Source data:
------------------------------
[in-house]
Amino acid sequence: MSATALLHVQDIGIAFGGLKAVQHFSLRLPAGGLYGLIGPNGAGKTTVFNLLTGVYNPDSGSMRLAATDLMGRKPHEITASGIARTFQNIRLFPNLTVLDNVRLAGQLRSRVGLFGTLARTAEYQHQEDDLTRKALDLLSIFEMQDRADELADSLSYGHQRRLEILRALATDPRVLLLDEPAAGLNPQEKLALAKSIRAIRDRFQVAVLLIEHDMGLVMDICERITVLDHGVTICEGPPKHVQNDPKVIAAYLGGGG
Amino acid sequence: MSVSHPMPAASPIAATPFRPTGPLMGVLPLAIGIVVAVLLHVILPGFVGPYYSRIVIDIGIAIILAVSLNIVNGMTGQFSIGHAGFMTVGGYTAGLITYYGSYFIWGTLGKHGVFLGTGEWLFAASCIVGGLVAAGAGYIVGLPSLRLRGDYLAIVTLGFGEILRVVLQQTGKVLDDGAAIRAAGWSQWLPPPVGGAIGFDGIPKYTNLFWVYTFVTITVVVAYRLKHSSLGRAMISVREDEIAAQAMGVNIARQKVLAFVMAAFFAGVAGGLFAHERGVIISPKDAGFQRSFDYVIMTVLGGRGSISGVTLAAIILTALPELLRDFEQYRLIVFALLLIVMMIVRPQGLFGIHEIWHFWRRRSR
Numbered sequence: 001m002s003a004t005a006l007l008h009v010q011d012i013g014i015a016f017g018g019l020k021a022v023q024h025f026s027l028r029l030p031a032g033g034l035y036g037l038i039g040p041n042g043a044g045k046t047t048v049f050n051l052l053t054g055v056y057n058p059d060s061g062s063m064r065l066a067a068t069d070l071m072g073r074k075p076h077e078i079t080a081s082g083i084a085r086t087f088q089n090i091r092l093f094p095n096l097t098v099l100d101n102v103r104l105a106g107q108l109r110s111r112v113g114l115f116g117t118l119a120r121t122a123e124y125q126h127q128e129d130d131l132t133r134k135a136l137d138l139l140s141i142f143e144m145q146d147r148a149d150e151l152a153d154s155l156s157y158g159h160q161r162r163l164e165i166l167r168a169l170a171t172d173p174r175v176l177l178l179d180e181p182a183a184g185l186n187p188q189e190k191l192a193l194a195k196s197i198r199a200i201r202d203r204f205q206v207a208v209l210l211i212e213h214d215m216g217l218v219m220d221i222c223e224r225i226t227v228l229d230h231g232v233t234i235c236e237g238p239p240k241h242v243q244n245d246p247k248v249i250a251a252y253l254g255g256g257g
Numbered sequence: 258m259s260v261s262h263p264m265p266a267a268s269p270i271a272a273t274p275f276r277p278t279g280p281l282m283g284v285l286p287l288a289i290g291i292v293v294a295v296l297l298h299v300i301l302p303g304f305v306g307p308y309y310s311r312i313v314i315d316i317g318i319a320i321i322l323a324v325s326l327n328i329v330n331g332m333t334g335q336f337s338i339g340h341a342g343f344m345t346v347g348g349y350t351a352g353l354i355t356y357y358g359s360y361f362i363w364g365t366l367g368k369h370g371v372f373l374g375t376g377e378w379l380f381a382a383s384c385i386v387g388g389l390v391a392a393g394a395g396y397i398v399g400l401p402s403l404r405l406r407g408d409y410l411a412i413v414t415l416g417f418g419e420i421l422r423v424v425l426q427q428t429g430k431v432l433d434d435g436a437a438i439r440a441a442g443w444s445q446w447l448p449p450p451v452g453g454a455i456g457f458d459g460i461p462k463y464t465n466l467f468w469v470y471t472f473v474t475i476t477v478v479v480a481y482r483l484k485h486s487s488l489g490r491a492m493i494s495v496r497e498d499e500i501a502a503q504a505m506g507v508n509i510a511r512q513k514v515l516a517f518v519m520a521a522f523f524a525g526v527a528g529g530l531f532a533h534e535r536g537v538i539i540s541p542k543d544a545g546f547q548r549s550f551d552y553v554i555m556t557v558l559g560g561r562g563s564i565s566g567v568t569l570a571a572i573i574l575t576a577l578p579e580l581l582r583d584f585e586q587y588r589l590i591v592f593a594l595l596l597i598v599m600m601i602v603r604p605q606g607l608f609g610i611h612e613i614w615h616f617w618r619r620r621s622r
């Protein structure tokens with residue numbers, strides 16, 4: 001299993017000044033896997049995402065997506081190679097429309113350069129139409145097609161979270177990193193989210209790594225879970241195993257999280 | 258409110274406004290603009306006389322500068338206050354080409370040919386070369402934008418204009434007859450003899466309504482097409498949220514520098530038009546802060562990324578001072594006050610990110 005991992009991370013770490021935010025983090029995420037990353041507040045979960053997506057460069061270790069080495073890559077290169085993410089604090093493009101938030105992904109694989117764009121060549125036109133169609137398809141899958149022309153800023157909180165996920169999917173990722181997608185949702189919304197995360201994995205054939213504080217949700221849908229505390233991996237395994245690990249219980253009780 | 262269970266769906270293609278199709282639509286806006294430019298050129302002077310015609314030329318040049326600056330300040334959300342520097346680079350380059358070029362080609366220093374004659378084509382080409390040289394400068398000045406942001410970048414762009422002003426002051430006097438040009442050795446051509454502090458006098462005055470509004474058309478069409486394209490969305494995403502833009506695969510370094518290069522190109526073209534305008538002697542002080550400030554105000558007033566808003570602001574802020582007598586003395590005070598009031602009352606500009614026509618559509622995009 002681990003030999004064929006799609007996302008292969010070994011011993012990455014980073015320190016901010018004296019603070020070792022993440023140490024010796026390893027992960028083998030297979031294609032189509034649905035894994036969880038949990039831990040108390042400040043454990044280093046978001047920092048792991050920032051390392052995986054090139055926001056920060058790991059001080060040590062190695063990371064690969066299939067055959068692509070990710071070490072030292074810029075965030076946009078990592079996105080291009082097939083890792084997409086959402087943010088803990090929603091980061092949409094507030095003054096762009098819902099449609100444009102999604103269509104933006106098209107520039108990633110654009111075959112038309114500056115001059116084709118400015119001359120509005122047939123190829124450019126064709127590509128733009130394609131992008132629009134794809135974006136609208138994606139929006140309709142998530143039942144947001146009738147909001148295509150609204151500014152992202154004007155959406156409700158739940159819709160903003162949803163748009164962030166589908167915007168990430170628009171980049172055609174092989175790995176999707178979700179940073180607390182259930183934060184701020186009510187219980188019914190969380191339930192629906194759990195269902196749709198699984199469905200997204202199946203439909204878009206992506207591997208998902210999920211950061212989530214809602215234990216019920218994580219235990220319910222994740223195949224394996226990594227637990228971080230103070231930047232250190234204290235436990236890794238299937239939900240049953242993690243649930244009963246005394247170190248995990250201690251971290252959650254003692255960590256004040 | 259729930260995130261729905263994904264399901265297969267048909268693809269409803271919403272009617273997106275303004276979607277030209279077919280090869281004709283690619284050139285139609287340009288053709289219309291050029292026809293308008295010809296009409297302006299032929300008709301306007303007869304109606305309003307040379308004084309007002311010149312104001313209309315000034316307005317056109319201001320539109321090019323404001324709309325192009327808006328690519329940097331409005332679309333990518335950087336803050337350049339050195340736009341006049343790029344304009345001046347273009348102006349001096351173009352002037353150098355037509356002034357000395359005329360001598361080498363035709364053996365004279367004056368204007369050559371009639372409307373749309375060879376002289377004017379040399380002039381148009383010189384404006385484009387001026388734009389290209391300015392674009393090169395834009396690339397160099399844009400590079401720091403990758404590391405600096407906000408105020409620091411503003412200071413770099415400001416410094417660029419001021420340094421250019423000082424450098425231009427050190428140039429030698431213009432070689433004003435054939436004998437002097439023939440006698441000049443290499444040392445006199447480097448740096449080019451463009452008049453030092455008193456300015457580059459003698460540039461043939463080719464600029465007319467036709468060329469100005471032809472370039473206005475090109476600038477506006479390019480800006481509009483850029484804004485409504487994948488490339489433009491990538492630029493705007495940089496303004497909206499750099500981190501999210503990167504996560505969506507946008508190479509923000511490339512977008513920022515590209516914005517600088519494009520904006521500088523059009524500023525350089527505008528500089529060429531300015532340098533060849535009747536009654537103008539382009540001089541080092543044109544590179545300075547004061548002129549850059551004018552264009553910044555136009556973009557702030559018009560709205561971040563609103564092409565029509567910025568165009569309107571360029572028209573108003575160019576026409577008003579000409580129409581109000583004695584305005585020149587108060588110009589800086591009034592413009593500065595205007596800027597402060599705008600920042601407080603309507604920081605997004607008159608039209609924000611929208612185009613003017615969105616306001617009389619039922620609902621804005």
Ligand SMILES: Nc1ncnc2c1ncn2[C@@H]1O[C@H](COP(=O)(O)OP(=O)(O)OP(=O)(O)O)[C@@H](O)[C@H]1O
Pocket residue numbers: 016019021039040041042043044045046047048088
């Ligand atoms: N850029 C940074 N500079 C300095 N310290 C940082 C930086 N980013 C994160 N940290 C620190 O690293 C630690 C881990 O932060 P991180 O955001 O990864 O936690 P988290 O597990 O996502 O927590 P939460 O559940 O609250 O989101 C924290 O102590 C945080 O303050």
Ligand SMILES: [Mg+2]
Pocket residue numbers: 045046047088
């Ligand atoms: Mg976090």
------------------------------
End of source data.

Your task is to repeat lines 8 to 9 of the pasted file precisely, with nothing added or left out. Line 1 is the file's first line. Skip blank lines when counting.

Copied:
Pocket residue numbers: 016019021039040041042043044045046047048088
């Ligand atoms: N850029 C940074 N500079 C300095 N310290 C940082 C930086 N980013 C994160 N940290 C620190 O690293 C630690 C881990 O932060 P991180 O955001 O990864 O936690 P988290 O597990 O996502 O927590 P939460 O559940 O609250 O989101 C924290 O102590 C945080 O303050």